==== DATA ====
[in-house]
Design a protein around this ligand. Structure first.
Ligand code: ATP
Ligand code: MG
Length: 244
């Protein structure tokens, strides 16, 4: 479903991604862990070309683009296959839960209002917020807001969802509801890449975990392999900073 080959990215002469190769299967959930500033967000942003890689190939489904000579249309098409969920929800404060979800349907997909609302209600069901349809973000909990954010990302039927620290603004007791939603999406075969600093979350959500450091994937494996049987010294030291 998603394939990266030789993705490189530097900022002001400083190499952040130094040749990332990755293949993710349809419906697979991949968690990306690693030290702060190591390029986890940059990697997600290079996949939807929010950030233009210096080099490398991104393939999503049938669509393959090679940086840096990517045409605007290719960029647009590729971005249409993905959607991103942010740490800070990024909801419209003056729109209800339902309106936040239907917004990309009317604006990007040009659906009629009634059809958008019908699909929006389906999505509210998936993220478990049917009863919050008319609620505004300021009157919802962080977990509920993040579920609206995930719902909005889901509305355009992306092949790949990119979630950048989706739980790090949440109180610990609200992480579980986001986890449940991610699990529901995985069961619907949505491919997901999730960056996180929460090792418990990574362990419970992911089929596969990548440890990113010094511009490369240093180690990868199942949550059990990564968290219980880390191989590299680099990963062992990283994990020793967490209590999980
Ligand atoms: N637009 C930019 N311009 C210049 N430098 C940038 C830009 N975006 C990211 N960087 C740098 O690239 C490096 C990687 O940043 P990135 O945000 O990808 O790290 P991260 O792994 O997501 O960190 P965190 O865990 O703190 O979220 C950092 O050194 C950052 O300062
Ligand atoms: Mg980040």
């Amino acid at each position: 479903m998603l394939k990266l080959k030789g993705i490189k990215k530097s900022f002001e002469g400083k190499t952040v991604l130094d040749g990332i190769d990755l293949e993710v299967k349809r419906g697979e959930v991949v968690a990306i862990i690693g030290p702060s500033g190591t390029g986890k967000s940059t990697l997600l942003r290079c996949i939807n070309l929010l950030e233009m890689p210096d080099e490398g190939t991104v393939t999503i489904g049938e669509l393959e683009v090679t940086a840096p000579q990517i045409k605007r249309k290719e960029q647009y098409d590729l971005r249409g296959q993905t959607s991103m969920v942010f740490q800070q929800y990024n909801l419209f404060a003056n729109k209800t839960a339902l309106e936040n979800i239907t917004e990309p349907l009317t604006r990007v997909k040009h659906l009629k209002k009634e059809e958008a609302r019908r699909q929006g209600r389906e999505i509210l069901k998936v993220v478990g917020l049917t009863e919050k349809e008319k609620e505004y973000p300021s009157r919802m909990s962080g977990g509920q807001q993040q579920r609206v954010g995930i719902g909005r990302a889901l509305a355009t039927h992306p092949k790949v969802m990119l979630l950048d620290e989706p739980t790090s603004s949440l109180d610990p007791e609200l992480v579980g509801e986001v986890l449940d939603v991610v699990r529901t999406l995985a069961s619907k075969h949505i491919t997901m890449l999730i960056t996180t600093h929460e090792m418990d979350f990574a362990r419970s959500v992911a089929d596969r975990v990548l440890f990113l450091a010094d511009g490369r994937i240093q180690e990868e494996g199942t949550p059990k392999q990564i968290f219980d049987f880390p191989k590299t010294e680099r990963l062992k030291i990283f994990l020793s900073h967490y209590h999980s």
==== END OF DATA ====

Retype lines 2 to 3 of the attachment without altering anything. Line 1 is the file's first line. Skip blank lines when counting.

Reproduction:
Design a protein around this ligand. Structure first.
Ligand code: ATP